Ernemann Vintage Camera Brand
Ernemann Brand Overview
|Founded:||1889 — Dresden, German Empire|
|(modern day Germany)|
|Currently:||Carl Zeiss AG|
Ernemann Brand History
Ernemann was a German brand founded in 1889 by Heinrich Ernemann and a partner as Dresdner Photographische Apparate-Fabrik Ernemann & Matthias in Dresden, Germany. With models like the Ermanox and the Heag series during its relatively brief but productive 37 year life as an independent company, Ernemann consistently designed and manufactured what many (including myself) consider to be among the most interesting, innovative, and unusual cameras ever made.
Heinrich Ernemann was originally in the textiles and clothing industry but after teaching himself about photography, he decided to try cameras. Ernemann’s first models were, apart from their wooden bodies, basically just assembled using parts manufactured by other companies. Dresden’s photographic industry picked up steam and soon became oversaturated, causing many companies to flounder. Ernemann weathered the storm by transforming into a publicly traded company in 1899, reestablishing itself as Heinrich Ernemann, Aktiengesellschaft für Cameraproduktion in the process. In the years that followed, Ernemann reached beyond Dresden, taking over Herbst & Firl, a camera firm based in the border town of Görlitz, and began producing cameras as well as projectors in both cities.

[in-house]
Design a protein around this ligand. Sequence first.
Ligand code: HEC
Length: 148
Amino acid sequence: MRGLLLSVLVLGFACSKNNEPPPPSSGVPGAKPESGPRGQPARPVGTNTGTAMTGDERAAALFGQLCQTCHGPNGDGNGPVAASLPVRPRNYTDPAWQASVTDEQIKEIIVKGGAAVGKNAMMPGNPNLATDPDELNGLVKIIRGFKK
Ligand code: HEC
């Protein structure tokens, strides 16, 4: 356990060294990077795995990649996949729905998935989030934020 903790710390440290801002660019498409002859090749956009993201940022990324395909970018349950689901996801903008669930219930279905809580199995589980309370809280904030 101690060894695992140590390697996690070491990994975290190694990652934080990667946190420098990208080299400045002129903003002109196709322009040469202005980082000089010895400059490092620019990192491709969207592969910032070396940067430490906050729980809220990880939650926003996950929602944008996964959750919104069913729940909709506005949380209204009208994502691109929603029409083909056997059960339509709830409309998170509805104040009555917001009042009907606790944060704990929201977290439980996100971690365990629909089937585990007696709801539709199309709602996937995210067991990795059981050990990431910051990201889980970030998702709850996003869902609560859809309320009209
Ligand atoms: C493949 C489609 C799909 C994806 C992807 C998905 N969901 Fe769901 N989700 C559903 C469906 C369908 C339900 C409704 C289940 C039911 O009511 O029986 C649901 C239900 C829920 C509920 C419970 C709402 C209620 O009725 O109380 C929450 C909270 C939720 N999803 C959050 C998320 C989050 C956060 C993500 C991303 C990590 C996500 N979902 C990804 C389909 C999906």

Ernemann continued to expand camera production with a successful foray into cinema cameras and even began making their own lenses in 1908. When the First World War started in 1914, Ernemann began manufacturing military optics as well as personal cameras for the Kaiser’s soldiers. Shortly after World War I, a new factory was built in Dresden which featured the famous Ernemann Tower, a landmark that has since found its way onto Pentacon‘s logo. However, the ensuing financial meltdown caused by the Treaty of Versailles eventually forced Ernemann to merge with local rival ICA, Stuttgart’s Contessa-Nettel, and Berlin’s Goerz to become Zeiss Ikon in 1926. Shortly after World War II, Zeiss Ikon split into east and west along with Germany and those parts continue today as Pentacon GmbH and Carl Zeiss AG.
Interested in starting or growing your own collection of Ernemann cameras?
Check eBay to see what’s available.
McKeown, James M. and Joan C. McKeown’s Price Guide to Antique and Classic Cameras, 2001-2002. (Grantsburg: Centennial Photo Service, 2001), 190-206.
“Ernemann,” Camerapedia, http://camerapedia.wikia.com/wiki/Ernemann